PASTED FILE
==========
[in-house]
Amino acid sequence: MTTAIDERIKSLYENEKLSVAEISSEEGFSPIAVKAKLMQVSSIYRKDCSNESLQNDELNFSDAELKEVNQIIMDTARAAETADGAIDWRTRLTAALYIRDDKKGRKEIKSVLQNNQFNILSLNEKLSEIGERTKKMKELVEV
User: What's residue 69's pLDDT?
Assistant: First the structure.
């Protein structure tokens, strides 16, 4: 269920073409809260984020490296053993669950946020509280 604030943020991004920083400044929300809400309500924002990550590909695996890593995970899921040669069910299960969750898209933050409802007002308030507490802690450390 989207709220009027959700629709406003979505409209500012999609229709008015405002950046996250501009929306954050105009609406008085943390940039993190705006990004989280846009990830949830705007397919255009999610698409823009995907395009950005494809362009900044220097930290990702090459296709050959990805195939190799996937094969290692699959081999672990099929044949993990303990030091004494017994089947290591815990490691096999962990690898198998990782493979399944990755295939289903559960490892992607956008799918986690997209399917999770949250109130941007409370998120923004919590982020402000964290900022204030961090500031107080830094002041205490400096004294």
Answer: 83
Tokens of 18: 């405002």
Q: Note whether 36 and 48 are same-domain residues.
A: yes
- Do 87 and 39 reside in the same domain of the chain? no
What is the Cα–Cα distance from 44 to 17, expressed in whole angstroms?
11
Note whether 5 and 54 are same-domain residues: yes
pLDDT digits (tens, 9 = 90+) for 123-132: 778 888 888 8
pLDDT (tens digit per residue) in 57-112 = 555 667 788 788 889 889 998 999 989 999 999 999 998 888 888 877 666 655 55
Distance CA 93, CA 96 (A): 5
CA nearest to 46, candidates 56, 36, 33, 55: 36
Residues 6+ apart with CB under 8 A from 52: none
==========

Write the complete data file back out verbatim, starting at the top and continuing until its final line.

[in-house]
Amino acid sequence: MTTAIDERIKSLYENEKLSVAEISSEEGFSPIAVKAKLMQVSSIYRKDCSNESLQNDELNFSDAELKEVNQIIMDTARAAETADGAIDWRTRLTAALYIRDDKKGRKEIKSVLQNNQFNILSLNEKLSEIGERTKKMKELVEV
User: What's residue 69's pLDDT?
Assistant: First the structure.
């Protein structure tokens, strides 16, 4: 269920073409809260984020490296053993669950946020509280 604030943020991004920083400044929300809400309500924002990550590909695996890593995970899921040669069910299960969750898209933050409802007002308030507490802690450390 989207709220009027959700629709406003979505409209500012999609229709008015405002950046996250501009929306954050105009609406008085943390940039993190705006990004989280846009990830949830705007397919255009999610698409823009995907395009950005494809362009900044220097930290990702090459296709050959990805195939190799996937094969290692699959081999672990099929044949993990303990030091004494017994089947290591815990490691096999962990690898198998990782493979399944990755295939289903559960490892992607956008799918986690997209399917999770949250109130941007409370998120923004919590982020402000964290900022204030961090500031107080830094002041205490400096004294």
Answer: 83
Tokens of 18: 């405002």
Q: Note whether 36 and 48 are same-domain residues.
A: yes
- Do 87 and 39 reside in the same domain of the chain? no
What is the Cα–Cα distance from 44 to 17, expressed in whole angstroms?
11
Note whether 5 and 54 are same-domain residues: yes
pLDDT digits (tens, 9 = 90+) for 123-132: 778 888 888 8
pLDDT (tens digit per residue) in 57-112 = 555 667 788 788 889 889 998 999 989 999 999 999 998 888 888 877 666 655 55
Distance CA 93, CA 96 (A): 5
CA nearest to 46, candidates 56, 36, 33, 55: 36
Residues 6+ apart with CB under 8 A from 52: none